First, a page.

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Cloverdale Comments - April 2016


Cloverdale Comments - April 2016

by Carol Russell

“. . . I think about City Council, I look at the men and women - these were people who just wanted to be a part of the community and give something back. . . ” —Congressman Brad Wenstrup

Hi! This is Reece. In this current series of columns we’re going to find out about the people who make our city work from the staff that greets people as they enter City Hall to the landscapers and public works pros caring for the facilities and grounds, to the managers, administrators, and those who keep us safe. Who are these people? Why Cloverdale? What do they like about our community, its people, and their job? What is their vision for our town? 

We are going to start with the most visible – the City Council – and work on into the other less well known areas of Cloverdale’s operations. Since Carol is a Councilmember, I (Reece) am taking the lead to maintain impartiality. The next two columns will be devoted to getting to know the City Councilmembers. 

I spoke with Mayor MaryAnn Brigham, Vice Mayor Augustine “Gus” Wolter, Council Members Carol Russell, Joseph “Joe” Palla, and Robert “Bob” Cox each came from different places with Cloverdale as their last stop – Philadelphia (Gus), New York via Marin County (Carol), Danville to Sebastopol (Bob), Wisconsin (MaryAnne), and from several places in the Bay Area, the most recent being Healdsburg (Joe). 

These five people arrived by different routes reflecting different perspectives on some issues, but there are also the commonalities creating a foundation of trust and respect.

They arrived in Cloverdale and immediately felt at home. Bob had a young kid say “Good morning!” as he and his wife climbed out of the car to walk down Cloverdale Boulevard. Carol and her spouse were driving into town to look at a house for sale. As she turned the corner by Ray’s, a gentleman looked up at her and smiled. Joe came up to visit family and liked the close feeling of the community. Gus and MaryAnn stopped in Cloverdale as they traveled 101, felt an immediate comfort, and knew they were home.

They all love their adopted community with its friendly, rural, small town charm far away from the rat race. They see Cloverdale as a town with a “strong sense of community” in “one of the most beautiful places in the world” as expressed by MaryAnne. It is home and the people living here are family.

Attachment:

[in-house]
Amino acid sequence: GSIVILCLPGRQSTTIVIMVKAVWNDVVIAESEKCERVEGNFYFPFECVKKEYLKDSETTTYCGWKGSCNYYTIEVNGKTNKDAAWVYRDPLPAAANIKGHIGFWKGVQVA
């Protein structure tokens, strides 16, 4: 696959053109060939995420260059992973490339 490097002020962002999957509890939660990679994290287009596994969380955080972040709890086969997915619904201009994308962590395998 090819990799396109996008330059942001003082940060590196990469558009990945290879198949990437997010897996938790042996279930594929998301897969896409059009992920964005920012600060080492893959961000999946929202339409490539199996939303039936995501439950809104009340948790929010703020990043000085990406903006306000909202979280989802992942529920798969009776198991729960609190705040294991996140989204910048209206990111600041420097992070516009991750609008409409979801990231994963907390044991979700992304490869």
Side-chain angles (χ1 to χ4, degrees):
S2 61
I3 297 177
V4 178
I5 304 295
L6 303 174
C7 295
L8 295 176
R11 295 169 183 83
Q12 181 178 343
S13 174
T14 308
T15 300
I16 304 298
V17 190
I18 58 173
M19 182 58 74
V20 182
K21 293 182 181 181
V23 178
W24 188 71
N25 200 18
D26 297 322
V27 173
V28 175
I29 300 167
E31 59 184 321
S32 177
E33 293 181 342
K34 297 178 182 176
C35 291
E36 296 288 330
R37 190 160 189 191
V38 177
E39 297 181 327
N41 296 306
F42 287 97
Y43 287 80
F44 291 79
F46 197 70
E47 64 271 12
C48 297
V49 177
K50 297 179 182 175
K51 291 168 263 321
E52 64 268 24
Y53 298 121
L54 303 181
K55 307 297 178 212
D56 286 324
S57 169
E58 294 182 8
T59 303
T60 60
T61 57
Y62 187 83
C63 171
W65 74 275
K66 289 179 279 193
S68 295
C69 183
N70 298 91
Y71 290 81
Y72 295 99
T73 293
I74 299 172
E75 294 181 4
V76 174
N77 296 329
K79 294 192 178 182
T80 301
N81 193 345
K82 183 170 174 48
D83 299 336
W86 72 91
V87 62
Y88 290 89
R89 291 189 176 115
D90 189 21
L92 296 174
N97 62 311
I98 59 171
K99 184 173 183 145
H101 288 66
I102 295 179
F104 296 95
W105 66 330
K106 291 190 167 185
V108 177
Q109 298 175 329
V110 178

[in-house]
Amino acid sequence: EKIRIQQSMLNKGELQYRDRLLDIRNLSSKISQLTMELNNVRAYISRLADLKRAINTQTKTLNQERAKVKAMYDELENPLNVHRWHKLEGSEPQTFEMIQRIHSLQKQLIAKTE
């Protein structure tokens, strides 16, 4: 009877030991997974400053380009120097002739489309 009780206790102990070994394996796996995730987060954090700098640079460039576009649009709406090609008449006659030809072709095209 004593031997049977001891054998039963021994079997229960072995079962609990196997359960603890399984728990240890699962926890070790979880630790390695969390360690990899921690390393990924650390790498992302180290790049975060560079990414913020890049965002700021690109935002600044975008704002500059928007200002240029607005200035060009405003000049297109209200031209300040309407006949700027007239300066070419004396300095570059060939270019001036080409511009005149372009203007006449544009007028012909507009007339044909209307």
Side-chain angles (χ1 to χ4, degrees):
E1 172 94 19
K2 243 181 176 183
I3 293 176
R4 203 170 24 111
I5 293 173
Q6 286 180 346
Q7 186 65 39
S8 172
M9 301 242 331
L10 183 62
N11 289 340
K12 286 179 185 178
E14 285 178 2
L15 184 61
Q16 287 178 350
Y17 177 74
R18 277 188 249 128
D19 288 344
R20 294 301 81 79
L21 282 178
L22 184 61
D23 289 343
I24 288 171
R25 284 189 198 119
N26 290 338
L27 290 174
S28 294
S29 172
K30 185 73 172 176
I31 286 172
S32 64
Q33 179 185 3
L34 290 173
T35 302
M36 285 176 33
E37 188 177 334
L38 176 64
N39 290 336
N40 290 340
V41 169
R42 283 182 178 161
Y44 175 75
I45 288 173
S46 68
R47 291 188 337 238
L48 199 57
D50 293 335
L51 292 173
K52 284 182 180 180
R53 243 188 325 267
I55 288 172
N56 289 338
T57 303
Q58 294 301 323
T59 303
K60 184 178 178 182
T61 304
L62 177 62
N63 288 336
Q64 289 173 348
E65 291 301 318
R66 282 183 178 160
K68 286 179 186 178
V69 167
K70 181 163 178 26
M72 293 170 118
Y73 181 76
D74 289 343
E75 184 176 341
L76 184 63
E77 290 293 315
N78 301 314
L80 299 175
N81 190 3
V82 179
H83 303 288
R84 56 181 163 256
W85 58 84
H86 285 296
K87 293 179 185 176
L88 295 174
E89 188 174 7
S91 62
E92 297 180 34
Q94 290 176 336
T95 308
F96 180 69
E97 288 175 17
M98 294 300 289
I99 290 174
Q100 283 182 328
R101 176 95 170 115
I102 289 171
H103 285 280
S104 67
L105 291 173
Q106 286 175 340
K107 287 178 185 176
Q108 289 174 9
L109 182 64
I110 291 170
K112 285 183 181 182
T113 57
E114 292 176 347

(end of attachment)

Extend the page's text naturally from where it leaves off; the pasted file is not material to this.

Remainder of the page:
Gus is still taken by the way the community helps and supports each other and plays a part in its own growth and evolution. A young woman gets cancer and needs help with medical bills and living expenses – the community raised the funds. The movie theater has a new owner needing a stronger financial base – once again, funds are raised locally.

The Council members are proud that the citizens take an interest in various happenings, changes, and projects around town. Citizens show up at Council meetings to express their opinions. As with most families, they do not always agree; they do not always have the whole picture or have all the information; they do not always see the end result as the same; but, they are there sharing what they do see and want. They are engaged and as with most families, each “matters as a person” even with the disagreements.

Then it comes to the hard decisions – the ones that the Councilmembers have to make.

Each agrees the courage to be part of a team making these decisions and leading even when it is unpopular is an important quality to bring to the table. But the observation was to not personalize what others say as the discussion progresses and opinions are expressed. This was the number one quality needed to work well as a Councilmember. In other words, having a “thick skin” and an open mind is most important. 

When it comes to working together and making decisions, Joe shares that the five Councilmembers are “happy and work well together” with “no self agendas” as they “try to make the city better”. These are the prerequisites to making thoughtful, hard decisions as a City Councilmember.

Next month, I will take a more in-depth look at what these five people do for our city.